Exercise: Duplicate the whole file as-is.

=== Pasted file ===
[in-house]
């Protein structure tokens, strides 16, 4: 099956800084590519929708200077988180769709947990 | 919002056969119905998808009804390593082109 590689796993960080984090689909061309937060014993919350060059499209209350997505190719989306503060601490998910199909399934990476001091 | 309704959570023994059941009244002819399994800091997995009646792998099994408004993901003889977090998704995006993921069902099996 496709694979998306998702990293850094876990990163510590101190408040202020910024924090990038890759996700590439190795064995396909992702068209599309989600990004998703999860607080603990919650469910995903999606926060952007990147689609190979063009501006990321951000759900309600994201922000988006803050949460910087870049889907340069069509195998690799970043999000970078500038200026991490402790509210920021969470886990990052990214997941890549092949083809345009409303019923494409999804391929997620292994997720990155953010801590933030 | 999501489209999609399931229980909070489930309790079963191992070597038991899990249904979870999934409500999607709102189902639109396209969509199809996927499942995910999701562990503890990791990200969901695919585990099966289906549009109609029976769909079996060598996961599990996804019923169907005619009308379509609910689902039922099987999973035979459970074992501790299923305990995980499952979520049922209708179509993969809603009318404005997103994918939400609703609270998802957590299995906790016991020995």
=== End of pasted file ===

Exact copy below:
[in-house]
């Protein structure tokens, strides 16, 4: 099956800084590519929708200077988180769709947990 | 919002056969119905998808009804390593082109 590689796993960080984090689909061309937060014993919350060059499209209350997505190719989306503060601490998910199909399934990476001091 | 309704959570023994059941009244002819399994800091997995009646792998099994408004993901003889977090998704995006993921069902099996 496709694979998306998702990293850094876990990163510590101190408040202020910024924090990038890759996700590439190795064995396909992702068209599309989600990004998703999860607080603990919650469910995903999606926060952007990147689609190979063009501006990321951000759900309600994201922000988006803050949460910087870049889907340069069509195998690799970043999000970078500038200026991490402790509210920021969470886990990052990214997941890549092949083809345009409303019923494409999804391929997620292994997720990155953010801590933030 | 999501489209999609399931229980909070489930309790079963191992070597038991899990249904979870999934409500999607709102189902639109396209969509199809996927499942995910999701562990503890990791990200969901695919585990099966289906549009109609029976769909079996060598996961599990996804019923169907005619009308379509609910689902039922099987999973035979459970074992501790299923305990995980499952979520049922209708179509993969809603009318404005997103994918939400609703609270998802957590299995906790016991020995």